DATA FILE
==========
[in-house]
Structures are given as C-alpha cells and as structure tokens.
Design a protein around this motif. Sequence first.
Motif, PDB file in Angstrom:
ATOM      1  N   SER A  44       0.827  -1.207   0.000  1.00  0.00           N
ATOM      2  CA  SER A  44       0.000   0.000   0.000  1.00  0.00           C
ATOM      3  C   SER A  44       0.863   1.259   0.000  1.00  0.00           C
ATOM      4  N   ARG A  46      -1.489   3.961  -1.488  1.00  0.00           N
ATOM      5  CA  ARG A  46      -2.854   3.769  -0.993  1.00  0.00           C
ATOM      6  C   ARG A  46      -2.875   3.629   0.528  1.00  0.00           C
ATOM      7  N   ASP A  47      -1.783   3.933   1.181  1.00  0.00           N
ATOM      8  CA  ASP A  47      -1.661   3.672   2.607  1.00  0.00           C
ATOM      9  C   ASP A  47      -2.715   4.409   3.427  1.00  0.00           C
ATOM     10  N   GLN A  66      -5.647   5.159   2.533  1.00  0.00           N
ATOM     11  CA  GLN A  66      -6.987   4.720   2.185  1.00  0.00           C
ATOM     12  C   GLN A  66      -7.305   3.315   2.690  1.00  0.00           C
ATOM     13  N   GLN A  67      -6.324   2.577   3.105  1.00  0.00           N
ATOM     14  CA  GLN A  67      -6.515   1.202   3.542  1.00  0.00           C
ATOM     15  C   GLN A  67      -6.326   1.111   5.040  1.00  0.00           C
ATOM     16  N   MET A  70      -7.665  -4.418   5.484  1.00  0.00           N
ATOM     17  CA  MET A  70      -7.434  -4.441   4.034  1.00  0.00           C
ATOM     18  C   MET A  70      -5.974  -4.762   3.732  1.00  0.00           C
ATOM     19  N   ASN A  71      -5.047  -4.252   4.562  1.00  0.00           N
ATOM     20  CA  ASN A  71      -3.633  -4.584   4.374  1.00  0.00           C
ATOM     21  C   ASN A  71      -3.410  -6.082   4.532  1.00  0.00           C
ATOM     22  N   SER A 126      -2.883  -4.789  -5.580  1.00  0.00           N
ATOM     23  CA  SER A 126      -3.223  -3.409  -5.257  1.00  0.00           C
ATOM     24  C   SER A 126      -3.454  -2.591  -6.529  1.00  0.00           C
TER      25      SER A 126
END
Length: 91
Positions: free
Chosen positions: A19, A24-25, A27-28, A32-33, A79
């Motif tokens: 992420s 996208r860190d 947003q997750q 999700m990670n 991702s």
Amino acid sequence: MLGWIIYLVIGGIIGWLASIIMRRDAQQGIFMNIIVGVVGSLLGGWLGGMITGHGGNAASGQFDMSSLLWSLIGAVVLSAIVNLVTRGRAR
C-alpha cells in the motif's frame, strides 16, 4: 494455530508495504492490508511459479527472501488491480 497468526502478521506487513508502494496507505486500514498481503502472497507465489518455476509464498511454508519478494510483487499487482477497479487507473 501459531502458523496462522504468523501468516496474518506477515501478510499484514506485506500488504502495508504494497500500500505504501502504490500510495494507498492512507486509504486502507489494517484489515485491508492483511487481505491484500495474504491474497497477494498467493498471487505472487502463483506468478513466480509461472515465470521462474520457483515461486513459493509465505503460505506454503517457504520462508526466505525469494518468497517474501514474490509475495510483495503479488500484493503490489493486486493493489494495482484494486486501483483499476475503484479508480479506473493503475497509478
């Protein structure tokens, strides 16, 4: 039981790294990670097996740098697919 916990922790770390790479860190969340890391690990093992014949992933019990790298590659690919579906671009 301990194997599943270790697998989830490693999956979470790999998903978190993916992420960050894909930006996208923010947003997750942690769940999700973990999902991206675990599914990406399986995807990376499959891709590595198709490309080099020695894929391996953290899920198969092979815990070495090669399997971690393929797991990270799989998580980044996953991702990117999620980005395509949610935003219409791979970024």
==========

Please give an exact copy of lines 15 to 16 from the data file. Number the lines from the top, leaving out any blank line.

ATOM     11  CA  GLN A  66      -6.987   4.720   2.185  1.00  0.00           C
ATOM     12  C   GLN A  66      -7.305   3.315   2.690  1.00  0.00           C